What do they look like? The Eungella Tinker Frog can vary in colour and markings, ranging from orange and yellow, to brown to grey, often with black spots, stripes or other markings. They only grow to about a mere 25 mm. Their bellies are transparent and eggs are visible in a gravid female.
Where do they live? They are endemic to the Eungella national park, two hours North West of Mackay. The microhabitat of this frog is prehistoric flora created with picabeen palms and king ferns.
What do they eat? Feeding behaviours have not been reported for this species, however males have been observed moving about, possibly searching for prey, after cessation of calling.
Behaviour: The Eungella Tinker Frog has not been observed between April and August and is presumed to retreat in deep cracks and boulder piles. In summer, when active, individuals may be found in leaf-litter or under stones along water courses where ephemeral pools and soaks form. In the height of the breeding season individuals are found away from obvious rock refuges under small stones, palm fronds, surface debris and leaf-litter alongside both permanent and temporary streams. The species is regularly found away from watercourses where seepages are common.
Reproduction: Males call from hidden positions among small rock crevices, which helps amplify their call. Eggs are laid under rocks in side pools, where the larvae complete their development.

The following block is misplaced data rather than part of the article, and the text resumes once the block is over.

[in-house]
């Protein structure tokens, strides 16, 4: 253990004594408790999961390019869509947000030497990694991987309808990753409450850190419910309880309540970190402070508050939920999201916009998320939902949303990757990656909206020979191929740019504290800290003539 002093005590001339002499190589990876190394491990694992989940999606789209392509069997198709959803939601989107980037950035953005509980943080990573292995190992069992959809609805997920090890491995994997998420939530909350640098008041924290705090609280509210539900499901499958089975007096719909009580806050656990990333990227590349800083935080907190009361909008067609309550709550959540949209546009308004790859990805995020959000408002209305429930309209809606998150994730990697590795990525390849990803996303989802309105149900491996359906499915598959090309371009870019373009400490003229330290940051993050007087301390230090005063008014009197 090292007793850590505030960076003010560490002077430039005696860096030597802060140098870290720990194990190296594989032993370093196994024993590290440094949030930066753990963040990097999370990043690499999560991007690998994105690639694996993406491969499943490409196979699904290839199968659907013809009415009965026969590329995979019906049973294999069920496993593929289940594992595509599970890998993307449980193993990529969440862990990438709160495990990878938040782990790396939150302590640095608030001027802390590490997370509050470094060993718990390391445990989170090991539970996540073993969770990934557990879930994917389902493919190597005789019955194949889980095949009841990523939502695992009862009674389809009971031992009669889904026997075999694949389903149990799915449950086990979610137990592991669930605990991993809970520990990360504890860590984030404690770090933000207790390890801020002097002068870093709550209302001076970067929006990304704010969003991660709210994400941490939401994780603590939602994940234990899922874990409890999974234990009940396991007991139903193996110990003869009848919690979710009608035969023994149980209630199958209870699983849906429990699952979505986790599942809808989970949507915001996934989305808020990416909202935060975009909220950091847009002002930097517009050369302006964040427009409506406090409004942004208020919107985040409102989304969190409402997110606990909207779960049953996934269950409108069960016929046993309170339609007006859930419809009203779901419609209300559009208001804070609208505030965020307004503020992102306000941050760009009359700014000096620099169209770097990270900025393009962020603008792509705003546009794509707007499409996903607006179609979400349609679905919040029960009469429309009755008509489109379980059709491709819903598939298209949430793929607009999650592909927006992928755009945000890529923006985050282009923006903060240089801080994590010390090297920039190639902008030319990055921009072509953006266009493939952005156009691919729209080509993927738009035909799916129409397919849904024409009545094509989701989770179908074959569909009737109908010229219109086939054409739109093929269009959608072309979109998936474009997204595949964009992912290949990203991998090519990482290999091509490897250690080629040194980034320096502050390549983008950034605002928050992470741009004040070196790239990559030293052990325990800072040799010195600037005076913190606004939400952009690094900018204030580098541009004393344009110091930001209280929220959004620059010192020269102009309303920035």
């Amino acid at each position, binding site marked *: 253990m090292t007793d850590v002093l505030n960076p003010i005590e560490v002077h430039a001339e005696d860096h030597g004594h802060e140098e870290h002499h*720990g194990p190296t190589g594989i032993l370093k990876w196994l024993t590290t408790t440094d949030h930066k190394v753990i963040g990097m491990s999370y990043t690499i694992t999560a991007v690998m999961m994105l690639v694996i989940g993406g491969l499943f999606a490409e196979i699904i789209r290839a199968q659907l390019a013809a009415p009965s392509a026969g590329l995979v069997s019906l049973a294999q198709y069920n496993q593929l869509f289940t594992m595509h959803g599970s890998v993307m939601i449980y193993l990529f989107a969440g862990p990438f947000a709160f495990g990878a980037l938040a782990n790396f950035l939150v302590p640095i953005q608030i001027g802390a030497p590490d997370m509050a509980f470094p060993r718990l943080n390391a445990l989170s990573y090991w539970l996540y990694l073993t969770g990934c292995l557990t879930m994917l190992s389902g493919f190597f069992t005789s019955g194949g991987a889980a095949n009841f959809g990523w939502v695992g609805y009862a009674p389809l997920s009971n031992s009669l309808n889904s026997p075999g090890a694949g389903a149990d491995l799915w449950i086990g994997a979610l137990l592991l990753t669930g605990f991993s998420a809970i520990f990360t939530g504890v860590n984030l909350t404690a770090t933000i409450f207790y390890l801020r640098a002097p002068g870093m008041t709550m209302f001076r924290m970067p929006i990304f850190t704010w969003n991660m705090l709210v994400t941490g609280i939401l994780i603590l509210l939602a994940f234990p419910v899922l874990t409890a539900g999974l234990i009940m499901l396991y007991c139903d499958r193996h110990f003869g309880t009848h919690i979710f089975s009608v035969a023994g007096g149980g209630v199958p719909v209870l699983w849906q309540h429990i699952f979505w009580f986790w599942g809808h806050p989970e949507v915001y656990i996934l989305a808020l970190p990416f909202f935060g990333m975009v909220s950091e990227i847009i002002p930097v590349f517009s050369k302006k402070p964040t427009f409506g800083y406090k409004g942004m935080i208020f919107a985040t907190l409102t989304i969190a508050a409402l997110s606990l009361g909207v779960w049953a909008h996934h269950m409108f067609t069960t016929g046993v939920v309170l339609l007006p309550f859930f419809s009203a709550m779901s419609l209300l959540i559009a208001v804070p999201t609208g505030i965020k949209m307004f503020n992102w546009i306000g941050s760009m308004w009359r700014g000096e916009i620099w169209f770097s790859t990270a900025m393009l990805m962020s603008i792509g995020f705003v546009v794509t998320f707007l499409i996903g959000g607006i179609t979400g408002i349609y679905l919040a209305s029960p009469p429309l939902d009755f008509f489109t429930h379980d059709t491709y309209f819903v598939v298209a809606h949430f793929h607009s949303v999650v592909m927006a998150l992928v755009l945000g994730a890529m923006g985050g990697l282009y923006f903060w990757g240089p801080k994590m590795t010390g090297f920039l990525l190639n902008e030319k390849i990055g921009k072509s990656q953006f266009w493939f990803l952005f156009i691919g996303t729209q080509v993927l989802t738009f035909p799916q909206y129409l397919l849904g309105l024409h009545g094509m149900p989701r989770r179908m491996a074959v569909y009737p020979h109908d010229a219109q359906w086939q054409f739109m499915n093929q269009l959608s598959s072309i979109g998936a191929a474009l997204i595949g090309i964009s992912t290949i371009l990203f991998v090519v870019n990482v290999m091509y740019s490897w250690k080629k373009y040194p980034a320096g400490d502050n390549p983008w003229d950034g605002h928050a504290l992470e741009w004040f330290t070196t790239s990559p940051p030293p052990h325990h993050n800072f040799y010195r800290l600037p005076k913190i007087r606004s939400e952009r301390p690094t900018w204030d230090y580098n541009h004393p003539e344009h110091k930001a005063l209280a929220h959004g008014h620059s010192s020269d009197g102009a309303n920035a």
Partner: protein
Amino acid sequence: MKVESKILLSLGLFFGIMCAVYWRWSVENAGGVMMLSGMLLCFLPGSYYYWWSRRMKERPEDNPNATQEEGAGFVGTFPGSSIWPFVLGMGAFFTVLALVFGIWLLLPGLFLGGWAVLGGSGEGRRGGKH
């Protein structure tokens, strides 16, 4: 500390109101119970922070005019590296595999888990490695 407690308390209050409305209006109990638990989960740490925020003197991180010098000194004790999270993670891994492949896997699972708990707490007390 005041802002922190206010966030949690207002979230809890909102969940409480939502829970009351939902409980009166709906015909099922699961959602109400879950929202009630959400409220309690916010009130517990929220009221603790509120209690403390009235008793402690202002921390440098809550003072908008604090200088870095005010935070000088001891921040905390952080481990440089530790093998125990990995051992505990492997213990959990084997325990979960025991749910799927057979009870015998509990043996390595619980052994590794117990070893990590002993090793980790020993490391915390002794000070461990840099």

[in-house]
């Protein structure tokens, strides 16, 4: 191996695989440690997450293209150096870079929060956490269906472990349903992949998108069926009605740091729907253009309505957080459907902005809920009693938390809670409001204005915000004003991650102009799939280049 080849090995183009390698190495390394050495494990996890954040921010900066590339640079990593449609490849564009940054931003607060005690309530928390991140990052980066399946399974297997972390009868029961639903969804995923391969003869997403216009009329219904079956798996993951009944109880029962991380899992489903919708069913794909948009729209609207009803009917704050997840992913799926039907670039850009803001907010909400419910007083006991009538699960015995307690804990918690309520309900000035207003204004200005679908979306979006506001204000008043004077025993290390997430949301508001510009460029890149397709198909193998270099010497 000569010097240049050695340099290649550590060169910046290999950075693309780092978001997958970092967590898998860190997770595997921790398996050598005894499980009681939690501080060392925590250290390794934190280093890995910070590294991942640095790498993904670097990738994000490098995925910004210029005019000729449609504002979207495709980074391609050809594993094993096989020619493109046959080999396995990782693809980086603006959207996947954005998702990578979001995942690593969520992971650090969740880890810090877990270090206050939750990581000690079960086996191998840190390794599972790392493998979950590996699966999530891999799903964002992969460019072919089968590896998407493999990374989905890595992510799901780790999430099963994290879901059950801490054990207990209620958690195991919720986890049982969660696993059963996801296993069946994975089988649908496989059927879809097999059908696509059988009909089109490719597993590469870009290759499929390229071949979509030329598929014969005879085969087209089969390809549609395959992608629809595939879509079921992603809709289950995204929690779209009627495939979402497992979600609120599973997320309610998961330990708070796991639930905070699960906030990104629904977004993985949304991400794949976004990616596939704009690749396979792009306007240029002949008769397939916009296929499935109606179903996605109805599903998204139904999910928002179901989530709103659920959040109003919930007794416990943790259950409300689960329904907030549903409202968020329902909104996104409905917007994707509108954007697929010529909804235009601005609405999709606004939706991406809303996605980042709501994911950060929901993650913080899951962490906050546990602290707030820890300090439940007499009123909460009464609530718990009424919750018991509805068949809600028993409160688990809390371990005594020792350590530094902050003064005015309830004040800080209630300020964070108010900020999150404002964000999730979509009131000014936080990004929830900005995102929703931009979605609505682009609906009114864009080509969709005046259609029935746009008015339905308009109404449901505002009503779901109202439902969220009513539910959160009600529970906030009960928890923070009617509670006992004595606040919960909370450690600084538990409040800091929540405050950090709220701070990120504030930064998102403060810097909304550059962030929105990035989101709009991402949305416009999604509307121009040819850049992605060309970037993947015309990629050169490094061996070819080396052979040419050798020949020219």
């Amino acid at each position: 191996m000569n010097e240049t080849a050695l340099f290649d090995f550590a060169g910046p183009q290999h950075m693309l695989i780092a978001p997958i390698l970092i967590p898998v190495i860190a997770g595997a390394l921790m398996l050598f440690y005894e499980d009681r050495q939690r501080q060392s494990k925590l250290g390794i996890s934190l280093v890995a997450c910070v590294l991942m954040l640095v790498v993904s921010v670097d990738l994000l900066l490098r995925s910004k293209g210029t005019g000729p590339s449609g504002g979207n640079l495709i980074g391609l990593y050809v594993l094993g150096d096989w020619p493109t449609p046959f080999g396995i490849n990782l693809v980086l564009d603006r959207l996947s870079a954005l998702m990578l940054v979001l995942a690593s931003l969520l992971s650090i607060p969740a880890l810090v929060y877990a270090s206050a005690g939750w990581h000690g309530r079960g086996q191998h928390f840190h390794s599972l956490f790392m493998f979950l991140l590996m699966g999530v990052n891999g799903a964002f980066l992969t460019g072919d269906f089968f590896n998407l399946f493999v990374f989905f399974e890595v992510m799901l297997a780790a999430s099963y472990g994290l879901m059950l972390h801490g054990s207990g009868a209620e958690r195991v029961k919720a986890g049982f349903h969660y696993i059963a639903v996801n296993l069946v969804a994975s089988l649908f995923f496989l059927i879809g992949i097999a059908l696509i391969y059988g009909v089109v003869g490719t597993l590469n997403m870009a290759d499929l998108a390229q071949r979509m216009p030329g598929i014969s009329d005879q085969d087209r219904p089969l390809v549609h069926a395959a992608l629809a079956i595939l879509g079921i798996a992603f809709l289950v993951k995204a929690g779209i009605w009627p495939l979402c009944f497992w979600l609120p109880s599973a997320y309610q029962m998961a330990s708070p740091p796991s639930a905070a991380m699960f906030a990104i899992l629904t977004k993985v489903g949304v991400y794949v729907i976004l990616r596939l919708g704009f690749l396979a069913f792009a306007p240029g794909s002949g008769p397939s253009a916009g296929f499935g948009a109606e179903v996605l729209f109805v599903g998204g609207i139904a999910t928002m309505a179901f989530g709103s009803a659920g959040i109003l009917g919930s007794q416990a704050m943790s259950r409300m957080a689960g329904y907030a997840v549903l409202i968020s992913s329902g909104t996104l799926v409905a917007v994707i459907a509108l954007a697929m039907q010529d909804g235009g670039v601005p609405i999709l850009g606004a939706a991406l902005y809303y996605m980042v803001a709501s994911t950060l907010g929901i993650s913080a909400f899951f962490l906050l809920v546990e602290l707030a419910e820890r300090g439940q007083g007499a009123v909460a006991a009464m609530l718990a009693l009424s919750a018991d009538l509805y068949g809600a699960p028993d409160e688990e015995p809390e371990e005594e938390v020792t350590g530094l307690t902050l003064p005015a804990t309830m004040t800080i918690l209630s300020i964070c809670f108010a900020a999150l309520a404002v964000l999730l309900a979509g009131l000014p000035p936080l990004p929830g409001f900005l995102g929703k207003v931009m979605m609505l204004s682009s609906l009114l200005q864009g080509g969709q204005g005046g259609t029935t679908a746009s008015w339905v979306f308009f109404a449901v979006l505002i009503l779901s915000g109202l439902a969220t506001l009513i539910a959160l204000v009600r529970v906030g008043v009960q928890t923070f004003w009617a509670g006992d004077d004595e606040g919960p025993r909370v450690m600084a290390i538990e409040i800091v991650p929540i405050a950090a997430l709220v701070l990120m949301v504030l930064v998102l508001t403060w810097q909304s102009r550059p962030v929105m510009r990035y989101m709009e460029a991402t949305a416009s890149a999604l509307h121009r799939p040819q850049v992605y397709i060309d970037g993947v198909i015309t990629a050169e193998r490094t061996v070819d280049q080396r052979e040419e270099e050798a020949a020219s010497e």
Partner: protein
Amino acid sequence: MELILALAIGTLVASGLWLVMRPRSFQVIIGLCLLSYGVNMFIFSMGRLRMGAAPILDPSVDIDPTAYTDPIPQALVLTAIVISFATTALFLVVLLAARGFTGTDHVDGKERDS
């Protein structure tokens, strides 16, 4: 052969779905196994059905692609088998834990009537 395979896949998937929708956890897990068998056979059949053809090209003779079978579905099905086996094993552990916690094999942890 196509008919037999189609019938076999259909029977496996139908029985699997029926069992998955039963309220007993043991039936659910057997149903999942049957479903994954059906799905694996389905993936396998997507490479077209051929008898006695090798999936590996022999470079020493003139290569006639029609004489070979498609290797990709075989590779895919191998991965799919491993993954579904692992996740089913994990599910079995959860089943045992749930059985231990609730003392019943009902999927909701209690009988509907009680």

Threats: Threats include the invasion of streamside vegetation by livestock, cane toads that penetrate natural habitats using ponds for breeding, and the chytrid fungus. This fungus is an infectious disease affecting amphibians worldwide that can cause sporadic deaths in some populations, and 100 per cent mortality in others.
Conservation Status: Queensland has the highest extinction rate of frog species in Australia. The Taudactylus. genus requires the most urgent attention. Currumbin Wildlife Sanctuary are the first institution to have successfully kept and bred T.liemi. Their conservation status is considered to be “near threatened” however it is the only species in the Taudactylus genus that is not critically endangered or already extinct. Currumbin Wildlife Sanctuary hope to apply the skills and knowledge learnt from breeding T.liemi to other Tinker Frog species that are critically endangered.